A vendor weighs sugar at a wholesale market in the Old Delhi area of New Delhi, India. (Photographer: Prashanth Vishwanathan/Bloomberg)

GST Panel Awaits Attorney General’s View On Sugar Cess To Help Cane Farmers

A goods and services tax panel still awaits Attorney General KK Venugopal’s opinion on a special cess to compensate sugarcane farmers as prices have plunged and cash-starved mills struggle to clear cane dues.

“The special cess of Rs 3 per kilogram over and above 5 percent GST on sugar, if implemented, will be used to create a welfare fund to settle farmer dues,” said Sudhir Mungantiwar, finance minister of Maharashtra. He is part of the five-member group of ministers’ panel formed by the GST Council to review a proposal of levying the special cess.

No decision, however, was taken on the imposition of the cess. The panel met for the second time in Mumbai on June 3. The other options it’s exploring are a higher production-linked subsidy and reducing the goods and services tax rate on ethanol.

The third meeting of the panel, for which the date has not been decided yet, will happen in Delhi, Mungantiwar said.

The GST on ethanol may be reduced to 5 percent from 18 percent as the government reviews a proposal to offset the drop in sugar prices by increasing the production of ethanol.

Sugar output in the world’s second-largest producer touched 310 lakh tonnes till April 30 in the current season—60 lakh tonnes more than the estimated annual domestic consumption, according to data by the Indian Sugar Mills Association. This led to a surge in arrears to farmers at over Rs 20,000 crore. Price of the sweetener in the world’s largest sugar consumer declined nearly 26 percent since June 2017 against a 10 percent drop globally, according to the commodity exchanges’ data compiled by Bloomberg. Till April 30, Uttar Pradesh’s production was the maximum at 112 lakh tonnes, followed by Maharashtra at 106.5 lakh tonnes, according to data from ISMA.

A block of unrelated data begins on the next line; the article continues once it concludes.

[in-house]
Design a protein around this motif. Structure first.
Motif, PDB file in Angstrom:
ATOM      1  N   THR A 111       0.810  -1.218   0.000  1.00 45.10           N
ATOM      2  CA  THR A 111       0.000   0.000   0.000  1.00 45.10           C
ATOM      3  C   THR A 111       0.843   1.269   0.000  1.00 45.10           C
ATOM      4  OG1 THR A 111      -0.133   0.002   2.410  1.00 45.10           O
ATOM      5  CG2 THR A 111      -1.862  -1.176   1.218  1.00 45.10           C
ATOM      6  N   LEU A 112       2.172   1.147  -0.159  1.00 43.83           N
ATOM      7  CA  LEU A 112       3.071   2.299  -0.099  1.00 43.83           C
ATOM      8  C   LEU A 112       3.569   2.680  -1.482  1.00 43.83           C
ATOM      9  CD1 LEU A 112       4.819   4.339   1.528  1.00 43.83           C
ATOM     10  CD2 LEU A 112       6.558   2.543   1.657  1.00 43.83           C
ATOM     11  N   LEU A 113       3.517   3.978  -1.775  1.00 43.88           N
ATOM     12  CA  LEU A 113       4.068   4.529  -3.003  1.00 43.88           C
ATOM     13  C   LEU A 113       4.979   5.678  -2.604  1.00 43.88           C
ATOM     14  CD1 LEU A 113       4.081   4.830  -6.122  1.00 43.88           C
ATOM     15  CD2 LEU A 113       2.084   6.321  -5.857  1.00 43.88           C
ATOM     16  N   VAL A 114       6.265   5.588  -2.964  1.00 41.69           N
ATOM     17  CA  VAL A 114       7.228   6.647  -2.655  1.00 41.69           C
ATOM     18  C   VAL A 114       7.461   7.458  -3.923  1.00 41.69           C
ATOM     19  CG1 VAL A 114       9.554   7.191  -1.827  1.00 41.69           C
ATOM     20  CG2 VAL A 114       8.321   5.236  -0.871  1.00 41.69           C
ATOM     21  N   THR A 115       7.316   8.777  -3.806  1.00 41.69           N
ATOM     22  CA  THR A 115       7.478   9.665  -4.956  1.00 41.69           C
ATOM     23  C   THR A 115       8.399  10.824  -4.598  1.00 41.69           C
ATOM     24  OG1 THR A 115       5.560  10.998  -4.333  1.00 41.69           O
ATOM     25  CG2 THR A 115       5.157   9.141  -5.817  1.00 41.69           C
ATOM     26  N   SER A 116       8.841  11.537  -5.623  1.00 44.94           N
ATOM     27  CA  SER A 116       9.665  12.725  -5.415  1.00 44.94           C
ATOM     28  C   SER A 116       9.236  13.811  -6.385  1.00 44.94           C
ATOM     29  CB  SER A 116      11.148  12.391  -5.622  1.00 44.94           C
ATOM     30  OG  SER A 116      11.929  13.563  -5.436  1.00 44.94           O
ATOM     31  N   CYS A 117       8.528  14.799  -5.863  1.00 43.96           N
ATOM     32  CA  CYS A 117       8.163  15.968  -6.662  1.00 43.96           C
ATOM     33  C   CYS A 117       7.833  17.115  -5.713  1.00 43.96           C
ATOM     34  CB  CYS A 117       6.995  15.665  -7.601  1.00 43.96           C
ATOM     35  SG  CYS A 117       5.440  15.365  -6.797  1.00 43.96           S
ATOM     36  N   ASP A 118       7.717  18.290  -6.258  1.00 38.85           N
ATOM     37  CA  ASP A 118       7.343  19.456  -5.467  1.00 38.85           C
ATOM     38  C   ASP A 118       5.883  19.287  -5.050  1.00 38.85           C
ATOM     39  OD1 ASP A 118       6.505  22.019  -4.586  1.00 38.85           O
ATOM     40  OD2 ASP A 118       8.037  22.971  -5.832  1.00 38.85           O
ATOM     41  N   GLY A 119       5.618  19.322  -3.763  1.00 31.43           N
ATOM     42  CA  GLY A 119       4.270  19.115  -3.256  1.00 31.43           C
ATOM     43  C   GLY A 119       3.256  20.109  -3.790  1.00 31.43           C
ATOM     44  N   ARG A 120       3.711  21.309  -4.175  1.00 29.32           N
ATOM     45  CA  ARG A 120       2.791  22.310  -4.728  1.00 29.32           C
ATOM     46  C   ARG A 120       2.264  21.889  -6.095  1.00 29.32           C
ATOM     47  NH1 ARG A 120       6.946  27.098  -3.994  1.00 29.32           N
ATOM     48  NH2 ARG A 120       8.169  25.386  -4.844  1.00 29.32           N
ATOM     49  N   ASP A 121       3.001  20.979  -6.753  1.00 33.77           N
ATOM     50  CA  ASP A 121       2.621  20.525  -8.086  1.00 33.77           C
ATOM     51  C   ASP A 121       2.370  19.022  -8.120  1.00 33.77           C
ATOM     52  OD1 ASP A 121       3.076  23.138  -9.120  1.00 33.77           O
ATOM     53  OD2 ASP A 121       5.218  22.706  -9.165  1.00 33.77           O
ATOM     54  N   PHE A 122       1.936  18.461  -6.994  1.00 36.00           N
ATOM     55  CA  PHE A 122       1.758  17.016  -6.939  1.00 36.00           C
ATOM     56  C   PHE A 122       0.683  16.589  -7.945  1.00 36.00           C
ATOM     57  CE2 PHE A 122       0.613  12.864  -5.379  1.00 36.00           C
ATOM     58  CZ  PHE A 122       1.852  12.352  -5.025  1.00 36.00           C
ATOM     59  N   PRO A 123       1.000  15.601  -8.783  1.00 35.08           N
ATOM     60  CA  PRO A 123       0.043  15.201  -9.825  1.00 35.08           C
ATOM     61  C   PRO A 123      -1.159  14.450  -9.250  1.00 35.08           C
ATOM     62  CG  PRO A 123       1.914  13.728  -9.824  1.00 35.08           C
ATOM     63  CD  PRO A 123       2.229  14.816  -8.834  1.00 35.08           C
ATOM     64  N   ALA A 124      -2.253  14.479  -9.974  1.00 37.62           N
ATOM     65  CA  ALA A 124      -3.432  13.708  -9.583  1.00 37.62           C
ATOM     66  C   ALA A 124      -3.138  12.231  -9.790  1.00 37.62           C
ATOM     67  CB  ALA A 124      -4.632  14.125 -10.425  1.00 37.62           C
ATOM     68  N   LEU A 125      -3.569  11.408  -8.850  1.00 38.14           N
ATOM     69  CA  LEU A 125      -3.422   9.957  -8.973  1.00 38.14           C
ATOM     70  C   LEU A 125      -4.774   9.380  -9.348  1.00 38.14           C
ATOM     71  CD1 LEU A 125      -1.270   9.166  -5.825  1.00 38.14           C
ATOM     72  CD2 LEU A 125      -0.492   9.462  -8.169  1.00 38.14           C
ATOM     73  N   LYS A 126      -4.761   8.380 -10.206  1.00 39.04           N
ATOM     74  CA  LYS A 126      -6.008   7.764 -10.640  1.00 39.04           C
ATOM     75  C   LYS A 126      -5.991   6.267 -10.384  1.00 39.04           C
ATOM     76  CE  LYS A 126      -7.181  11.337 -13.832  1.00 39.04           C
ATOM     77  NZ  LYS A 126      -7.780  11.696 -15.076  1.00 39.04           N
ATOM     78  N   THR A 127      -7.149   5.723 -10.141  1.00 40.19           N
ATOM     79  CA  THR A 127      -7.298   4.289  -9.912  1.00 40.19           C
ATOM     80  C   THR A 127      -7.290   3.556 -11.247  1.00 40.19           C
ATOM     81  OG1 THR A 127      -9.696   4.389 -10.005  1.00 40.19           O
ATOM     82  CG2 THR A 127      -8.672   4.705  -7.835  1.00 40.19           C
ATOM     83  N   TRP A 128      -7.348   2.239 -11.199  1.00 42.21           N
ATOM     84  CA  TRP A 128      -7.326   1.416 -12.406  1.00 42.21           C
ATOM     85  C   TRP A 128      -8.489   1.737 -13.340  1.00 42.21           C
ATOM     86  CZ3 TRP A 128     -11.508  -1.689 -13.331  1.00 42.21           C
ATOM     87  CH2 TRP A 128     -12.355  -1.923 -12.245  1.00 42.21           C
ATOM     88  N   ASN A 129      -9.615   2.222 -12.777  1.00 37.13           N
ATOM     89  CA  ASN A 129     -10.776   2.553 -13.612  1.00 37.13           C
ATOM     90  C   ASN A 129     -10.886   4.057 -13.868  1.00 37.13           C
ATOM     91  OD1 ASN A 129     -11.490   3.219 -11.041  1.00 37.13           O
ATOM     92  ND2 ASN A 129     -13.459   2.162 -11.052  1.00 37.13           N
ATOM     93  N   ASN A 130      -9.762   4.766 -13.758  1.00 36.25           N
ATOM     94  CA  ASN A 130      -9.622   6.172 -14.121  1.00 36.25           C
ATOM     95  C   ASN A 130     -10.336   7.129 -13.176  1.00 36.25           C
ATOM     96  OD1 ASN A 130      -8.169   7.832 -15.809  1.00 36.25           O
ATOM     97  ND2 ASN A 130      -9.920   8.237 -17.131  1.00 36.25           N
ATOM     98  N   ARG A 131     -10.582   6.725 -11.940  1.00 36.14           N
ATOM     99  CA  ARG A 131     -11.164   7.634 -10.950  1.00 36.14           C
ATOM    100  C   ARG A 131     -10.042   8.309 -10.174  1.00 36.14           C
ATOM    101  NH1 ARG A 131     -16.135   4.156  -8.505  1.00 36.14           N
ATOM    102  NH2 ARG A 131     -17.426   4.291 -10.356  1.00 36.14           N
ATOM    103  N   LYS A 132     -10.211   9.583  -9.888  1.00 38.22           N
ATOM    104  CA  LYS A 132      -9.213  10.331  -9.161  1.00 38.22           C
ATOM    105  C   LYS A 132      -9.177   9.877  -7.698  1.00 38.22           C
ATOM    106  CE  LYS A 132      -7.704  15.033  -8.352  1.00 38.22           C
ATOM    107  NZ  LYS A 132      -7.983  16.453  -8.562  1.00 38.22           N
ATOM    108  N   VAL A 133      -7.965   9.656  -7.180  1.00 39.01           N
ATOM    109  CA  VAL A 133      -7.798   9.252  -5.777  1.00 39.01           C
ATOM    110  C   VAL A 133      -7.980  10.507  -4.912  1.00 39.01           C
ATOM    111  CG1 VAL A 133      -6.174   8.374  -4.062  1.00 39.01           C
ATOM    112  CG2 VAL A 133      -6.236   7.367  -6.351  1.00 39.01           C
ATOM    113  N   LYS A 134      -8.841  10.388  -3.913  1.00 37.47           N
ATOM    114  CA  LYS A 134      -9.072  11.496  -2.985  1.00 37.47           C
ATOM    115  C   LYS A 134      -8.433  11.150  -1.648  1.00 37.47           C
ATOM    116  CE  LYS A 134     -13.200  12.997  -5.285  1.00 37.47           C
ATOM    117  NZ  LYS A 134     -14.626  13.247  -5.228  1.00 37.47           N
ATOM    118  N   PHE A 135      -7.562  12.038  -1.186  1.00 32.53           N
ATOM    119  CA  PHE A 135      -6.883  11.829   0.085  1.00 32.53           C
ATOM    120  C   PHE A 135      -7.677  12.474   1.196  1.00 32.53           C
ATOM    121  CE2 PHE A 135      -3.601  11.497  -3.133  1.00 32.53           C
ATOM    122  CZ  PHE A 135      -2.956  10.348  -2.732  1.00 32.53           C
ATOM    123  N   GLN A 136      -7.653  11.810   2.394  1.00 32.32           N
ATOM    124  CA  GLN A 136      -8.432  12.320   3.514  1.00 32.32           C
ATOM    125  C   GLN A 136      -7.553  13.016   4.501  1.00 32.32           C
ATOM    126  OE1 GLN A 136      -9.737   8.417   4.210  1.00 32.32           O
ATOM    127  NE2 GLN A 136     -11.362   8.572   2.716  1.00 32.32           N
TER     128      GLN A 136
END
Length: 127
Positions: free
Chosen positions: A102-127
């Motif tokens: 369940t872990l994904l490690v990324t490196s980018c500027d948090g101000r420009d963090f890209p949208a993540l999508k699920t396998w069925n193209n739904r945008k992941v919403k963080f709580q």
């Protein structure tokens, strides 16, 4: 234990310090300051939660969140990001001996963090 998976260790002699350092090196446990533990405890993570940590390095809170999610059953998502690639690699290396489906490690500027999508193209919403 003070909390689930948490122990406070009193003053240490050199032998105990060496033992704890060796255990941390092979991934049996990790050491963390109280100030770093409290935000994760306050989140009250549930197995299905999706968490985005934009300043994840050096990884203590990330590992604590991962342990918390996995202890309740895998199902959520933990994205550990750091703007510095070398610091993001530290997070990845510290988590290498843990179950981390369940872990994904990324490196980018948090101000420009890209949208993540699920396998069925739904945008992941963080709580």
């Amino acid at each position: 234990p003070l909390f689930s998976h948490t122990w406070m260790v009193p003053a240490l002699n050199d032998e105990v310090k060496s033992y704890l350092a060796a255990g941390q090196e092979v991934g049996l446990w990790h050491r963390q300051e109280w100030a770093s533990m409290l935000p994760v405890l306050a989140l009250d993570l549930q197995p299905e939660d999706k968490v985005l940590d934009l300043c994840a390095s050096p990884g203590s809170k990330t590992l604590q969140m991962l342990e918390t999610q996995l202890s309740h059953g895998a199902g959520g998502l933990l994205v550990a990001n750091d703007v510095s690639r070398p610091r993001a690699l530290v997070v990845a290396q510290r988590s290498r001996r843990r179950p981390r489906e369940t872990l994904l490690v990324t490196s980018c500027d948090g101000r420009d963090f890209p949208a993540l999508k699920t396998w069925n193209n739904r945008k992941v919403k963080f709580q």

GST Panel Awaits Attorney General’s View On Sugar Cess To Help Cane Farmers

“India’s biggest challenge is that its sugar production is much higher than its consumption,” Mungatiwar told reporters.

Earlier in May, the Cabinet Committee on Economic Affairs approved a production-linked subsidy of Rs 55 per tonne, or Rs 5.5 per quintal, for cane farmers.

“The government can either increase the existing production-linked subsidy of Rs 55 a tonne to Rs 110 a tonne to support the mandatory 20 lakh tonnes of sugar export or increase the ethanol production to offset the falling prices,” Mungatiwar said.

Once the panel’s report goes to the GST Council, other states will also express their opinion and then it will be taken up for discussion. The final report will be discussed at a meeting in Lucknow and the decision is expected in 30-45 days, he said.

Also read: India Sugar Production Set to Reach Record on Higher Yields